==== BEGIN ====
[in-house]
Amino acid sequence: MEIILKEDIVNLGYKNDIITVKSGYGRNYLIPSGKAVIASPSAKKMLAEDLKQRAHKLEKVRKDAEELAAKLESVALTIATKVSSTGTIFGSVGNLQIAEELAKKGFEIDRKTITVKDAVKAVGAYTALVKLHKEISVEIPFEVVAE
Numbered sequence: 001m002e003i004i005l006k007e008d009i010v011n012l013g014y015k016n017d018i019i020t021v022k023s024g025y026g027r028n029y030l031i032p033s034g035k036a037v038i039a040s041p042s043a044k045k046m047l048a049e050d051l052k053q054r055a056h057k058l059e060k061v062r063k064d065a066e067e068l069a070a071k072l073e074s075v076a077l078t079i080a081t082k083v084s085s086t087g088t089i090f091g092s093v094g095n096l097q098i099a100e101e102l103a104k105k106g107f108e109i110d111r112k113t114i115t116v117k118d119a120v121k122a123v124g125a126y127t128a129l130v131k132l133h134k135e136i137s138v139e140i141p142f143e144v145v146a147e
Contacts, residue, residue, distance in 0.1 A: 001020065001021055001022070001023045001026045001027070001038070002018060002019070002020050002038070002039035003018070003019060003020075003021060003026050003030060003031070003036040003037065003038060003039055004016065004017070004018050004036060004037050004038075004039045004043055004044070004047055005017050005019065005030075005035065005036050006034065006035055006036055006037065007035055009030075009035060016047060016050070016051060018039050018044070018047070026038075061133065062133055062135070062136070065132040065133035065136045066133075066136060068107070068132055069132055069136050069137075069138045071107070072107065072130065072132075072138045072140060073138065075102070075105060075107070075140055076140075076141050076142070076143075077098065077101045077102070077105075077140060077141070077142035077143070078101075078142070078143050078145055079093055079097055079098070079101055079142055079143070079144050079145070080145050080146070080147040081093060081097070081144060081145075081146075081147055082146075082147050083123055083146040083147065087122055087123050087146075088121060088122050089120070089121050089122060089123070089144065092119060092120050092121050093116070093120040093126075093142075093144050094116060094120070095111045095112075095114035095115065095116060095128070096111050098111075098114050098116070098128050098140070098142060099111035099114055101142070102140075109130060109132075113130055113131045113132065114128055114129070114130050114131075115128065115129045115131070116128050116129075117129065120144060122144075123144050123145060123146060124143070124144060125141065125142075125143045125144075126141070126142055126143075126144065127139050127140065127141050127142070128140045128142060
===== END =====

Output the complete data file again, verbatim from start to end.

[in-house]
Amino acid sequence: MEIILKEDIVNLGYKNDIITVKSGYGRNYLIPSGKAVIASPSAKKMLAEDLKQRAHKLEKVRKDAEELAAKLESVALTIATKVSSTGTIFGSVGNLQIAEELAKKGFEIDRKTITVKDAVKAVGAYTALVKLHKEISVEIPFEVVAE
Numbered sequence: 001m002e003i004i005l006k007e008d009i010v011n012l013g014y015k016n017d018i019i020t021v022k023s024g025y026g027r028n029y030l031i032p033s034g035k036a037v038i039a040s041p042s043a044k045k046m047l048a049e050d051l052k053q054r055a056h057k058l059e060k061v062r063k064d065a066e067e068l069a070a071k072l073e074s075v076a077l078t079i080a081t082k083v084s085s086t087g088t089i090f091g092s093v094g095n096l097q098i099a100e101e102l103a104k105k106g107f108e109i110d111r112k113t114i115t116v117k118d119a120v121k122a123v124g125a126y127t128a129l130v131k132l133h134k135e136i137s138v139e140i141p142f143e144v145v146a147e
Contacts, residue, residue, distance in 0.1 A: 001020065001021055001022070001023045001026045001027070001038070002018060002019070002020050002038070002039035003018070003019060003020075003021060003026050003030060003031070003036040003037065003038060003039055004016065004017070004018050004036060004037050004038075004039045004043055004044070004047055005017050005019065005030075005035065005036050006034065006035055006036055006037065007035055009030075009035060016047060016050070016051060018039050018044070018047070026038075061133065062133055062135070062136070065132040065133035065136045066133075066136060068107070068132055069132055069136050069137075069138045071107070072107065072130065072132075072138045072140060073138065075102070075105060075107070075140055076140075076141050076142070076143075077098065077101045077102070077105075077140060077141070077142035077143070078101075078142070078143050078145055079093055079097055079098070079101055079142055079143070079144050079145070080145050080146070080147040081093060081097070081144060081145075081146075081147055082146075082147050083123055083146040083147065087122055087123050087146075088121060088122050089120070089121050089122060089123070089144065092119060092120050092121050093116070093120040093126075093142075093144050094116060094120070095111045095112075095114035095115065095116060095128070096111050098111075098114050098116070098128050098140070098142060099111035099114055101142070102140075109130060109132075113130055113131045113132065114128055114129070114130050114131075115128065115129045115131070116128050116129075117129065120144060122144075123144050123145060123146060124143070124144060125141065125142075125143045125144075126141070126142055126143075126144065127139050127140065127141050127142070128140045128142060